several years ago - the RNIB were really struggling - and approached Guide dogs for the blind and asked to amalgamate - in short - they said no - a picture of a blind child doesnt raise as much money as a pic of a cute dog!!! - this is from a charity who has £millions in property - off shore accounts - and how many dogs do they train a year ? - not enough!!!!

RNIB have had to close schools - this is a charity who research and invent things to help the blind try to live a normal life
so if you want to donate - this is the one charity where you can actually see (no pun intended there btw) where the money goes
there was a thread on here few weeks back regarding salaries of heads of charities - RNIB was one of the lowest -
#6
I remember being told that the Guide dogs for the blind, have enough money stashed away to provide every single blind person in the country with a guide dog whether they need one or not.
#7
guv




Oh..... and I paid for all the future jumps myself... (So raising money for charity in my case, really was a good personal experience.)

.


Yeah thats the sort of thing I would support.
#8
your spot on the person could do many things that are much cheaper or free and give far more to charity. Its more like will you pay for of to skydive and hopefully have some left for charity
banned#9
I agree with the OP. Pay for the experience yourself or do something cheaper. I know of someone who ran the New York Marathon by using sponsor money to get there and back.
#10
Yeh id say the jumper needs to pay for the experience themself. If not i might do a trek up and down the statue of liberty it would be a free holiday and i can donate £50 to charity.
banned#11
Marty1981
your spot on the person could do many things that are much cheaper or free and give far more to charity. Its more like will you pay for of to skydive and hopefully have some left for charity


master_chief
I agree with the OP. Pay for the experience yourself or do something cheaper. I know of someone who ran the New York Marathon by using sponsor money to get there and back.


I would be less inclined to sponsor someone who was running 2 miles, than I would, knowing they are likely to crap their pants when doing a parachute jump.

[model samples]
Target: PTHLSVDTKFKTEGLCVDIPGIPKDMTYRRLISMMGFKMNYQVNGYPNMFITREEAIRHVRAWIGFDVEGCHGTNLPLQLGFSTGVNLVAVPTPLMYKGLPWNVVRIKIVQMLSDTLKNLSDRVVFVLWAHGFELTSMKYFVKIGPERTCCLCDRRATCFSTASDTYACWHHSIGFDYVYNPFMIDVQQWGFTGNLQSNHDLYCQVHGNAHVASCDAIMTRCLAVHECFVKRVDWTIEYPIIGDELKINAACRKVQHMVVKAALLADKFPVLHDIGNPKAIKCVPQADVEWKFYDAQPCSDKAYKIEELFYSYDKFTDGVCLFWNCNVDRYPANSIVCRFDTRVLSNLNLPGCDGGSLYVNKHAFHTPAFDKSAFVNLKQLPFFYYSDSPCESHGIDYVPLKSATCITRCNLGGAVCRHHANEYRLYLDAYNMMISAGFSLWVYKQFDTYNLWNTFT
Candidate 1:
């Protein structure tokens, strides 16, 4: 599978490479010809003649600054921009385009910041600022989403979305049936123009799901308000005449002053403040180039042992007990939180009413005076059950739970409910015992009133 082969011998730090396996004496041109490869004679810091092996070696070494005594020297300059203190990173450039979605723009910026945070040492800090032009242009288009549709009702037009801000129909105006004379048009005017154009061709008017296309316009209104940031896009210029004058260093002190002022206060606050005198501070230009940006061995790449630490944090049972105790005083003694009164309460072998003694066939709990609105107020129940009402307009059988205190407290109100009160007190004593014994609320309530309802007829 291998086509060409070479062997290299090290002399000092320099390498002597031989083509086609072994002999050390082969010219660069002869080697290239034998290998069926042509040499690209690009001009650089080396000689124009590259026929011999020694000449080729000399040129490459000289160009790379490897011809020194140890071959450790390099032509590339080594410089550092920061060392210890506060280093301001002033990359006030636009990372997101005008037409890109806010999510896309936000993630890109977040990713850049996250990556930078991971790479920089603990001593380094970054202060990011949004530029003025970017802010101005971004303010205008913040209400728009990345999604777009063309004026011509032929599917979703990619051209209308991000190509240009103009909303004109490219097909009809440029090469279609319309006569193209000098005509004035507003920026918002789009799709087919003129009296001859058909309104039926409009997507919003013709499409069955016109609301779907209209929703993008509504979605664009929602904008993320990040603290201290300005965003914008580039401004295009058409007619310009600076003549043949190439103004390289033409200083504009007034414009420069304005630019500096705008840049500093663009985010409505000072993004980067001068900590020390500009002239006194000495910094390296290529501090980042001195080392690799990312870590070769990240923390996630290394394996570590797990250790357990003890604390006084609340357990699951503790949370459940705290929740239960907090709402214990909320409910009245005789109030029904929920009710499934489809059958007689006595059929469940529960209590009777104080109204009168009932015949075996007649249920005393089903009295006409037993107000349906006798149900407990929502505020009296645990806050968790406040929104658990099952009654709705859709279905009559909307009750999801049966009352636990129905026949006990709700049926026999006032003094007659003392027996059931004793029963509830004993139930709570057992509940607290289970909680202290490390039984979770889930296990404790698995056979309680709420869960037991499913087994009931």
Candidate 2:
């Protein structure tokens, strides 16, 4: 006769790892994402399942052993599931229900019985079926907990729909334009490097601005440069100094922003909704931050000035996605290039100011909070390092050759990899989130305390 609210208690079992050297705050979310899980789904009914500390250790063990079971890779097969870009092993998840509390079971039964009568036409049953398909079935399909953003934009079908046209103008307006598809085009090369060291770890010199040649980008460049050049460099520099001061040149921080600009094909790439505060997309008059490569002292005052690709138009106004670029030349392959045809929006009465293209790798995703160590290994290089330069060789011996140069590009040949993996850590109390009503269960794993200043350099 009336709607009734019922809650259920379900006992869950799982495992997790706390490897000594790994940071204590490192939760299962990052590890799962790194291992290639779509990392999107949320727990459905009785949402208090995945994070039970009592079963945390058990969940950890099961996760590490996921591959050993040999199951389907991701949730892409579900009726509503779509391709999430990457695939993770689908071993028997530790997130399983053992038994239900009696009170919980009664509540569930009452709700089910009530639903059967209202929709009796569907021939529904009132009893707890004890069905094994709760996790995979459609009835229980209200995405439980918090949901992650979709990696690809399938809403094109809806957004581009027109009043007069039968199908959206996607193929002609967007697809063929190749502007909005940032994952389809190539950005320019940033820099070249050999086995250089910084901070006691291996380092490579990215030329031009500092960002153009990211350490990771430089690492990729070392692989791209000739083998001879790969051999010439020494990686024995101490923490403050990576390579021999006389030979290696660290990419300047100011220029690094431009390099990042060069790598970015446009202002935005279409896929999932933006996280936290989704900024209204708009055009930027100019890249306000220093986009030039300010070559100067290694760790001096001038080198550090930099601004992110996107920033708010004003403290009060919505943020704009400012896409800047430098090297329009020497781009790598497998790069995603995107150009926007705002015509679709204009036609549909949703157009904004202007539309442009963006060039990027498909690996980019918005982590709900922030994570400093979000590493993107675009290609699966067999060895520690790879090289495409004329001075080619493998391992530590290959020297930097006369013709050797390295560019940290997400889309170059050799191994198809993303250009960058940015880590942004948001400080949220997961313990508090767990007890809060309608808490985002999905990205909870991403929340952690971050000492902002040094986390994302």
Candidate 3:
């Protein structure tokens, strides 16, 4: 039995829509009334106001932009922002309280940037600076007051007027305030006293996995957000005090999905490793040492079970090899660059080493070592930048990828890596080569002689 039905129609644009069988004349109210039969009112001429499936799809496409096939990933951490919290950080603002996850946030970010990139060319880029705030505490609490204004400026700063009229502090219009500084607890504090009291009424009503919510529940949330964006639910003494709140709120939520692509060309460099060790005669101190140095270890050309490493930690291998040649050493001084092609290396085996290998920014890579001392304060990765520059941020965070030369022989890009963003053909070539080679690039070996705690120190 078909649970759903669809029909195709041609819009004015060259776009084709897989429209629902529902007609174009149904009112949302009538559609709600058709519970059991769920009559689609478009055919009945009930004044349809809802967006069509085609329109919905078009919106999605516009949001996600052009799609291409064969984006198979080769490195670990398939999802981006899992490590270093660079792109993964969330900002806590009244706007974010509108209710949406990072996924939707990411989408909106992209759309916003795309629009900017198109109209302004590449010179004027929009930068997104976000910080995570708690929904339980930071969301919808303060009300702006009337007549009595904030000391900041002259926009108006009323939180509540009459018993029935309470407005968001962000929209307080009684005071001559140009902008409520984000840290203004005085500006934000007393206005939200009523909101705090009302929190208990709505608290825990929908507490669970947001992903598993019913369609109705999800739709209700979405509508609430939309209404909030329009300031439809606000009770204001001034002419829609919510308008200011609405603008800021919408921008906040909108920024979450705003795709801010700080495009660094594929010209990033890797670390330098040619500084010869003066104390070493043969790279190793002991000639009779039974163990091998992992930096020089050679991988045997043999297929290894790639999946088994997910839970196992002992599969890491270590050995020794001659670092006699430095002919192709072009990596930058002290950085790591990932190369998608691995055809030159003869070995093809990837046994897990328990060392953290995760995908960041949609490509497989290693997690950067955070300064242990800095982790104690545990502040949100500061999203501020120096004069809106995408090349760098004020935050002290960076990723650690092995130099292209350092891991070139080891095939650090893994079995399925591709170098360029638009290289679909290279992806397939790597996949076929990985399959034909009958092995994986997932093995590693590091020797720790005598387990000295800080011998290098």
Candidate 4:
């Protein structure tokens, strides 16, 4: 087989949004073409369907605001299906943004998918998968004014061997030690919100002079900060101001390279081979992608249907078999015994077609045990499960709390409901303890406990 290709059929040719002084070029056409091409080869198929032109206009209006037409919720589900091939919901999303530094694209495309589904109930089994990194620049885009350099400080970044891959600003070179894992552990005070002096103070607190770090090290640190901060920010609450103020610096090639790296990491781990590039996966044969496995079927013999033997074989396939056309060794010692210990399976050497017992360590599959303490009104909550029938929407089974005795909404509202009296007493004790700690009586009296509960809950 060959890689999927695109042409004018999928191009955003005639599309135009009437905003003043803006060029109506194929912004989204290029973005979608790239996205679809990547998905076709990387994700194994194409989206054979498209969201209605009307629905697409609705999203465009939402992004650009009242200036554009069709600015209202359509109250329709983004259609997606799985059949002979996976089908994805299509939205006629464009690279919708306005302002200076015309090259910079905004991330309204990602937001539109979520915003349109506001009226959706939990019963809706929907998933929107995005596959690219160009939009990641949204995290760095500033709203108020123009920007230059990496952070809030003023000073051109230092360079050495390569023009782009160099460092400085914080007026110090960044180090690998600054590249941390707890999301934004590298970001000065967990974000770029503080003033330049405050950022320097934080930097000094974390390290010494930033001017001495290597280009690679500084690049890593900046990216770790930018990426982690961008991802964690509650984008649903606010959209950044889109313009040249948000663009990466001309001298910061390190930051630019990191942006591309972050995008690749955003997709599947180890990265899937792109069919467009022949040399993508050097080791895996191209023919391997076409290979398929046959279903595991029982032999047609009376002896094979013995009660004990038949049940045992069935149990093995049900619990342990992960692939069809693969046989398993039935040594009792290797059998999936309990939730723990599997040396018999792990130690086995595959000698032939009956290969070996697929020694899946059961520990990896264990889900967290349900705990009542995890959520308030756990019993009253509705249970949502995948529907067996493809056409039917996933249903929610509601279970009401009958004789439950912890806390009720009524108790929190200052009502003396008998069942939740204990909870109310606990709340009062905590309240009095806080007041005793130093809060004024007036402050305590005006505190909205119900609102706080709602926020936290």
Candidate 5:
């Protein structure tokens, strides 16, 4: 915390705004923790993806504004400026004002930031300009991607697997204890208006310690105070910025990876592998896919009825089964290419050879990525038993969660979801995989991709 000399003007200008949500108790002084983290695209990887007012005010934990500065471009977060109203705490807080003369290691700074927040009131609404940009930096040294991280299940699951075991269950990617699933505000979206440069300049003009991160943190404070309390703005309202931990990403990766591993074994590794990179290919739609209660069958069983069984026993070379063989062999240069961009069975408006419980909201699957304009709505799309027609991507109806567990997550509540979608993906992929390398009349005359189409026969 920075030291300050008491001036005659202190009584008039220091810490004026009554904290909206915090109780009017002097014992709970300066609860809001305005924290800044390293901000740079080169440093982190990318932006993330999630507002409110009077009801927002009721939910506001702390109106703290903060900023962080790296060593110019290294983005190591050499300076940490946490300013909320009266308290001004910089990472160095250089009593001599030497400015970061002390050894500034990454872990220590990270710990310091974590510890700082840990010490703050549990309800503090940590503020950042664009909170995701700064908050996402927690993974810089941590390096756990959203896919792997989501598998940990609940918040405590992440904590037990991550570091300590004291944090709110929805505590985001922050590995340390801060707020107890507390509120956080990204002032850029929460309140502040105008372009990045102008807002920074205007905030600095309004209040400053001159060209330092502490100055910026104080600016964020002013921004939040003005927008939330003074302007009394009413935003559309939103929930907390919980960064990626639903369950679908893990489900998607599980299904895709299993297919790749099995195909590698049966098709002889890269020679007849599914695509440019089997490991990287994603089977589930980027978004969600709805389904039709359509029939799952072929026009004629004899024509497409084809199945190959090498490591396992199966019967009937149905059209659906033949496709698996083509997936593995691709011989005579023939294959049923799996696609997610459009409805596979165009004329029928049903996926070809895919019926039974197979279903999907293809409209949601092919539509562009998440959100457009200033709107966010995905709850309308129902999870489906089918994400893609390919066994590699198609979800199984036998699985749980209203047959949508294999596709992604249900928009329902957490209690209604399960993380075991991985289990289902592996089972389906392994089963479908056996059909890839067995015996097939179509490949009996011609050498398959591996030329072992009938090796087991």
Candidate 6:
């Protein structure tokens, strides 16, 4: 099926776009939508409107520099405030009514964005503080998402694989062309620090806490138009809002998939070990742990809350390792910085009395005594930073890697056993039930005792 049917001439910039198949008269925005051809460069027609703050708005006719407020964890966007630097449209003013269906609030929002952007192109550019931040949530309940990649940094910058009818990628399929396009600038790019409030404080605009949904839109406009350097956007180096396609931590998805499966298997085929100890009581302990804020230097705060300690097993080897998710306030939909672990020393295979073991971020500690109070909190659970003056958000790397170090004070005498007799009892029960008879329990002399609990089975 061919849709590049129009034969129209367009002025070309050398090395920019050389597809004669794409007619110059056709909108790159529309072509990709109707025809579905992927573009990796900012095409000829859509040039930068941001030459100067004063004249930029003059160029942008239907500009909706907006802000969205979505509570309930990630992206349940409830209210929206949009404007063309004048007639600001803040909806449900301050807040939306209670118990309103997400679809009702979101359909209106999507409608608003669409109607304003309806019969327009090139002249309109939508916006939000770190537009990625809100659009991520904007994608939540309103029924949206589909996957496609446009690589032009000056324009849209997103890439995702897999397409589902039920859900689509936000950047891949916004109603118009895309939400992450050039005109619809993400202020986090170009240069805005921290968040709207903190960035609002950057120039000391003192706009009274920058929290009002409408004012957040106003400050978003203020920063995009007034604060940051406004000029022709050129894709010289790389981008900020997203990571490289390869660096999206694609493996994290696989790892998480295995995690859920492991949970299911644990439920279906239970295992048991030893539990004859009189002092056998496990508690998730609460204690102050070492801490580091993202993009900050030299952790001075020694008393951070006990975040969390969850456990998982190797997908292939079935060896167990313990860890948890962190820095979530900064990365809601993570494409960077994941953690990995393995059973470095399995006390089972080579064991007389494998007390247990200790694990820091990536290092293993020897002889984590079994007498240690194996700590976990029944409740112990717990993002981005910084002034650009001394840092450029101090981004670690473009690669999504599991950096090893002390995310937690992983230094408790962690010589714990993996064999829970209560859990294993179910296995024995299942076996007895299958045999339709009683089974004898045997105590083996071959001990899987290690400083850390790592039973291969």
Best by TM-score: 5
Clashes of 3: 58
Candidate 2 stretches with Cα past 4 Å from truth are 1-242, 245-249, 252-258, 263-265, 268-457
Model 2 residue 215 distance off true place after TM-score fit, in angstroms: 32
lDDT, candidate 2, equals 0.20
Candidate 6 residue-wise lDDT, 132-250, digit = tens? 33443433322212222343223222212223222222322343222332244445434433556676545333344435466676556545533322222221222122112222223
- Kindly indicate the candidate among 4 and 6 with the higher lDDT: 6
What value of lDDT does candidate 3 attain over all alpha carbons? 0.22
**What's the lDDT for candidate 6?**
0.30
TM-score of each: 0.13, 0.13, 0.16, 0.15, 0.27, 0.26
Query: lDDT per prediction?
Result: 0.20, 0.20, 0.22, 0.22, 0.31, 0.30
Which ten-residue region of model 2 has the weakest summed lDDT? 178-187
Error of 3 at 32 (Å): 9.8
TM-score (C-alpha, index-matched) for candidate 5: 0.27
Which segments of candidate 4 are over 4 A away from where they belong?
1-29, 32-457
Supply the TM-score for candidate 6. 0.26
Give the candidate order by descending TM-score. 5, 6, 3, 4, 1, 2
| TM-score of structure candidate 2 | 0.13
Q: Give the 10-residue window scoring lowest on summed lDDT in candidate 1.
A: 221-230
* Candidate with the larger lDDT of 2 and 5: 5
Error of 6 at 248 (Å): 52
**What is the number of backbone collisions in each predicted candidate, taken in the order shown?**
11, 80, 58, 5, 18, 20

However, each to their own. If the thought that someone is "gaining" something puts you off, then don't sponsor them. Spend it on the 2 mile runner instead.

Maybe I'm different. I don't see the point of sponsorship, when the "event" is so trivial, that in reality, its a donation and doesn't matter if they do it or not. If you could raise £1000 for a charity by jumping out of an aircraft, would you consider you'd actually earnt it and done a good dead? I know I sure as hell did.
#12
How is it a con?

Money is raised for Charities

I have done one before and raised about £500
banned#13
I think what the op is saying is that people wnat to do what they do, and are able to do it for free because the charity pays for it, in a way. i mean come on, nobody is going to do anything they really dont want to, just to give a few hundred quid to charity
#14
I used to work in Asset Management and seeing the massive amounts that these charities have invested in the markets made me stop giving to named charities. I prefer to give money to people on the street.

Cancer research being the number 1.
banned#15
It has to be proportional. If you're going to do a £300 skydive and expect the donaters to pay then the return of investment has to be significant to justify it. I reckon a nice 10x would be enough.
banned#16
dcx_badass;8483000
My dad's doing one in August. It's free if you raise over £300.

are you sure the initial £300 raised doesnt go to the organisers?